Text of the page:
While 2018 marked the one-hundredth anniversary of the November Revolution, the debate over what historians have called the failed, incomplete, and even the forgotten revolution has been revived in recent years. Robert Gerwarth’s book November 1918: The German Revolution aims to add to what he calls “a new consensus […] among historians” that we should not look at the Weimar Republic as inevitably doomed. Rather, it should be “explored in an open-ended fashion.” It is an enthralling story.
Gerwarth devotes the first three chapters to the First World War and its effects on domestic and international politics. The next three chapters are dedicated to the events that sparked the November revolution and how they unfolded—from a small sailors' mutiny in Kiel to a full-blown national revolution, including the abdication of Kaiser Wilhelm and the proclamation of the German Republic, all in a matter of weeks.
The author next looks at the Armistice negotiations, which reminds the reader that the revolution took place while the Allies hashed out a treaty. The last chapters examine radical movements that tried to derail the establishment of a democratic council and the Versailles Treaty, which challenged the young German Republic.
Gerwarth positions the German Revolution in an international context noting that the revolution was “remarkably bloodless,” at least initially, as compared to other revolutionary regime changes that occurred on the European continent. This was largely due to the Majority Social Democratic Party of Germany (MSPD) and its leader Friedrich Ebert. Ebert rejected a Bolshevik-style revolution stating “I don’t want it. . . I hate it like sin.”
Gerwarth’s ability to put the November Revolution into the context of other socialist revolutions is one of the strongest elements of the book. By doing so, he conveys the sentiment of the moderate and liberal political leaders in Germany who tried to avoid the horrors of the Bolshevik Revolution in Russia and the more recent revolution in Finland.
Ebert and the MSPD decided that a new constitution could only be drawn by a democratically elected national assembly—to the dismay of the Spartacus League, which wanted “a political system in which all power was in the hands of soldiers’ and workers’ councils.” Ebert emerged as Chancellor, which led Karl Liebknecht and Rosa Luxemburg to form the German Communist Party (KPD).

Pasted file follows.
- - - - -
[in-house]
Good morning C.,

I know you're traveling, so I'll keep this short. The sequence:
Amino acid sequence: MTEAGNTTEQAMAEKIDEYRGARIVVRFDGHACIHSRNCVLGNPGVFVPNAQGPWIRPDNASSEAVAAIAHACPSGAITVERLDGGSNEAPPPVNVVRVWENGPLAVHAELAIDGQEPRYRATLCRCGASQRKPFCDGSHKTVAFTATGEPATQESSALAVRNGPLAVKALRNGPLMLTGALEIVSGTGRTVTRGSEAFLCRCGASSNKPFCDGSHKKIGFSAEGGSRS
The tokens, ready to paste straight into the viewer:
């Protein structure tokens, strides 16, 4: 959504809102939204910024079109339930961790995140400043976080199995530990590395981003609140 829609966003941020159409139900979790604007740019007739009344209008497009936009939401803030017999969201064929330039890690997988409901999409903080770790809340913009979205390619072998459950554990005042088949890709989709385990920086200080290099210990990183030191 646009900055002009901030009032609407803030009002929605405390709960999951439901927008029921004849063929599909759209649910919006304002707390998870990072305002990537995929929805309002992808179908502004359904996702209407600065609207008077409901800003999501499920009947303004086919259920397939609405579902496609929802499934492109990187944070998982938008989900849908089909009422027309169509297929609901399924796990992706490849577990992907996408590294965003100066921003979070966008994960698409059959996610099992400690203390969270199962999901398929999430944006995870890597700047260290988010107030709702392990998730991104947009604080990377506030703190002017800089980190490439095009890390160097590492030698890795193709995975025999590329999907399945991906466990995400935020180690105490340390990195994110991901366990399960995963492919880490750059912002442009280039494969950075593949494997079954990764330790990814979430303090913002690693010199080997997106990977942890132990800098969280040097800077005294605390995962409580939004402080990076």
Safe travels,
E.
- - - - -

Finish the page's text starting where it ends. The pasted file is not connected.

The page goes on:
Until this point, the revolution had remained mostly peaceful. However, following the Christmas Crisis in 1918, and the Spartacist Uprising in January 1919, riots produced some of the bloodiest and most somber days of the German Revolution. They led Chancellor Ebert to call upon German veterans to end the protests.
The short-lived Spartacist Uprising cost the lives of roughly 200 people including those of Liebknecht and Luxemburg. Gerwarth emphasizes that while Ebert and the MSPD thought they “had preserved Germany from Bolshevism,” ignoring the political demands of the KPD and other left-wing parties led to the escalation of conflicts between the military and left-wing militias.
Despite the elections on 19 January 1919, in which a record number of people went to the polls to vote for the first universally, democratically elected National Assembly, the revolution kept spreading throughout Germany, and it became more radical by the spring of 1919. It aimed to destabilize the parliamentary democracy.
Socialists thought that by making more radical demands, the government would listen and act. Instead, cities such as Munich, long considered more peaceful and liberal, turned to the right. Munich, of course, would become a bastion of Nazism. Here is where we see the notion of a “failed” revolution. Given all this, as Gerwarth explains in the epilogue, it is impressive that the young and “weak” Weimar Republic was able to come out on top of things.
November 1918: The German Revolution is a fascinating narrative of the events that transpired during the time in which Germans called for a more democratic government and more political and social freedom. Throughout the book, the author balances small biographies of important political leaders with the extensive use of newspapers, memoirs, and letters—effectively giving those who lived through the revolution a voice.
In his introduction, Gerwarth explains that reinvestigating those personal letters and memoirs of notable contemporary observers such as Thomas Mann, Käthe Kollwitz, and Max Weber provide a window to understand the variety of political opinions that swirled during this period. It was a time of profound uncertainty for those who lived through it rather than a predestined failure, as modern historians have come to observe it.
Weimar was not a “stillborn” republic. Given the fierce opposition it faced from agents of the far-left and far-right, Gerwarth draws attention to the successful attempts by the socialist leadership to reform the old-world order and transform Germany into a modern, democratic state. In this way, Gerwarth’s book is a wonderful addition to the history of the Weimar Republic.